1.3 Background to Dyslexia
How do we know dyslexia exists?
Over the past 100 years there has been a great deal of debate regarding dyslexia and questions have been raised querying whether it is ‘real’ and whether it can be scientifically proven to exist.
Scientific advances such as the development of specialised scanning equipment, including Magnetic Resonance Imaging, (MRI) which can produce detailed images of the inside of the brain, have helped confirm that dyslexia does indeed exist.
This specialised scanning has enabled researchers to study dyslexic children and adults undertaking tasks such as reading and compare them with individuals who are not dyslexic. The results clearly show differences between how the brains process information. As highlighted earlier, dyslexia is not linked to cognitive ability and we need to ensure that learners with dyslexia and other additional support needs have equitable opportunities to demonstrate their knowledge and ability. Adjustments such as extra time, digital exams /course work and use of text recognition software may be required to provide a level playing field.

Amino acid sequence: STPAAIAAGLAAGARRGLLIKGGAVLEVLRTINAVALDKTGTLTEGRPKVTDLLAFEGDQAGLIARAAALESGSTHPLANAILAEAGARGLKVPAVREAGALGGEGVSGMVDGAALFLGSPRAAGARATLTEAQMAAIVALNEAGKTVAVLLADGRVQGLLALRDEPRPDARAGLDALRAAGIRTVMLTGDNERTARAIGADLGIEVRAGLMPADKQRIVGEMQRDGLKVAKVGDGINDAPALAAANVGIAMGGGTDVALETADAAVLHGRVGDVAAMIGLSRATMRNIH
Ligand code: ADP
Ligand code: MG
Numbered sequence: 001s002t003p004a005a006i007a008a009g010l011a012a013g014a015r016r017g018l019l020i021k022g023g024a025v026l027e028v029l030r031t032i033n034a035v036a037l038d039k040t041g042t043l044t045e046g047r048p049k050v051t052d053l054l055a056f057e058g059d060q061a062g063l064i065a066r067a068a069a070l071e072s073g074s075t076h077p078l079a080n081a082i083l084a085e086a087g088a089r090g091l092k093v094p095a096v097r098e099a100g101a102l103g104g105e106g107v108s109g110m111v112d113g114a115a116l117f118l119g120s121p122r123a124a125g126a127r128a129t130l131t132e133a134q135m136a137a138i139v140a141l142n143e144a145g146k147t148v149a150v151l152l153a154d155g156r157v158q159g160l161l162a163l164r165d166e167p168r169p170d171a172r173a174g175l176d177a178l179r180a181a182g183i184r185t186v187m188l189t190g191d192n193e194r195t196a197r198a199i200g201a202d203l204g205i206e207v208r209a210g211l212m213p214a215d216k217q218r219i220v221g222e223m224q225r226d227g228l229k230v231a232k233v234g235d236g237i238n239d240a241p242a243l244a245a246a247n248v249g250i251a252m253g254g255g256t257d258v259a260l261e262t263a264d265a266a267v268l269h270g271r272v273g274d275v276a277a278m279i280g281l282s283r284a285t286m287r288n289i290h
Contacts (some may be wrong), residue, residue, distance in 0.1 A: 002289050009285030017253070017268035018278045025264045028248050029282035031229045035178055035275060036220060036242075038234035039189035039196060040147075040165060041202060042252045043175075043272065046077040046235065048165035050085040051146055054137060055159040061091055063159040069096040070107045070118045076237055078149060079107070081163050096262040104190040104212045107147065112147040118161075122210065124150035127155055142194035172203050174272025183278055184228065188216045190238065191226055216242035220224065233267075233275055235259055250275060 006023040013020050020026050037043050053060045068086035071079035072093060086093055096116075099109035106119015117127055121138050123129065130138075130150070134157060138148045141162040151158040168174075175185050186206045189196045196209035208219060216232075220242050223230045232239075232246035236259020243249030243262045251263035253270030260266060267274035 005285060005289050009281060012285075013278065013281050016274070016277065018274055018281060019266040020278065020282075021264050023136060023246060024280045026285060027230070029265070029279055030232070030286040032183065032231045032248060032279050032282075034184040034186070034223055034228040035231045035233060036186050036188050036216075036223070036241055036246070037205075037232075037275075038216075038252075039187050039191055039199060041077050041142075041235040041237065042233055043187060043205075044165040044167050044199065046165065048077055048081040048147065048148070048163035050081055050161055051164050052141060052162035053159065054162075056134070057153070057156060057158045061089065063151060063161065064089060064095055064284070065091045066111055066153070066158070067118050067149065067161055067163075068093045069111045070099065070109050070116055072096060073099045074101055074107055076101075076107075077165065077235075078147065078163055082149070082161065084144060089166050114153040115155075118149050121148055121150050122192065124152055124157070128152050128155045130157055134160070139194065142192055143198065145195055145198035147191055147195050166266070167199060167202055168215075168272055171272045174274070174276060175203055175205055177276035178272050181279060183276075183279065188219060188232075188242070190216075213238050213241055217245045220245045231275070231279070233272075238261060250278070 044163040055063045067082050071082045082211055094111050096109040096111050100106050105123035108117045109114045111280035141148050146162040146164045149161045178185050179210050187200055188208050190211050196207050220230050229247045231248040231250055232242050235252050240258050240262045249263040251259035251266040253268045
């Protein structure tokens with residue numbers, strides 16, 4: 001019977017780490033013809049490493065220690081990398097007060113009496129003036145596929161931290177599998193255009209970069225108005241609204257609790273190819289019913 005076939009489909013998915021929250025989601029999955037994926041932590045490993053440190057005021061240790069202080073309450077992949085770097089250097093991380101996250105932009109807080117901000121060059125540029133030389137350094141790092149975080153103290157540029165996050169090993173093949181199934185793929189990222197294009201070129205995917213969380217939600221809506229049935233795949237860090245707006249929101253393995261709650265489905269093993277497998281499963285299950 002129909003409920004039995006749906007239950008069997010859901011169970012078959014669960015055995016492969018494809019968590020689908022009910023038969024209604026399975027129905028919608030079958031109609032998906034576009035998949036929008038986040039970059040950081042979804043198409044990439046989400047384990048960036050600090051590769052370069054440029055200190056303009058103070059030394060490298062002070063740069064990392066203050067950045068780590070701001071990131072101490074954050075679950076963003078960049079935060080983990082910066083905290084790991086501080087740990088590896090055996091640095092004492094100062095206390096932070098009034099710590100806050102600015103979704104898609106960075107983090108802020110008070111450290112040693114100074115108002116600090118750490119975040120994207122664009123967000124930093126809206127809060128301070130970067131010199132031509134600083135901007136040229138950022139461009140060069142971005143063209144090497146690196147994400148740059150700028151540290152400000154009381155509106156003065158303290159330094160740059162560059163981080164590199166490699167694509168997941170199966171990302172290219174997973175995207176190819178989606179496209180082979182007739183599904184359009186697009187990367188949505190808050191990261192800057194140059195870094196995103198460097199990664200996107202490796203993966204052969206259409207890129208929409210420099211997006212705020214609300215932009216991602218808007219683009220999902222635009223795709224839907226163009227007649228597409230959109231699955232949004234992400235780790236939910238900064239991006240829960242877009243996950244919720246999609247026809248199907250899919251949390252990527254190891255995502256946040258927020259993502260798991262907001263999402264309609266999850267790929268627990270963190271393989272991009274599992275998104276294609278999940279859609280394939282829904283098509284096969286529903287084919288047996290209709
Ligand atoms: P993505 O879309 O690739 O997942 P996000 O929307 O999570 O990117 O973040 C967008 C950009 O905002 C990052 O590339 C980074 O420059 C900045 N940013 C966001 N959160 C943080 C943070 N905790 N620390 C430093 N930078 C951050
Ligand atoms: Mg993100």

The co-occurrence of dyslexia with other areas of additional support
The Scottish working definition of dyslexia is broad. As highlighted in section 1.2 of this module, dyslexia does not only impact on the acquisition of literacy skills. The different characteristics involved with dyslexia are also found in a wide range of learner profiles and areas of additional support as highlighted in figure 5.
Ensuring that learning is accessible and inclusive will support more learners than just those who are dyslexic.
All children, young people and adults alike − with and without(ASN) − are effectively and successfully supported using learning and teaching strategies which focus on inclusive dyslexia-friendly approaches embedded within good practice.
‘Additional Support Needs’ is the standard terminology used in Scotland when children and young people need more – or different - support to what is normally provided in schools or pre-schools to children of the same age. Additional support is a broad and inclusive term which applies to children or young people who, for whatever reason, require additional support, long or short term, in order to help them make the most of their school education and to be included fully in their learning.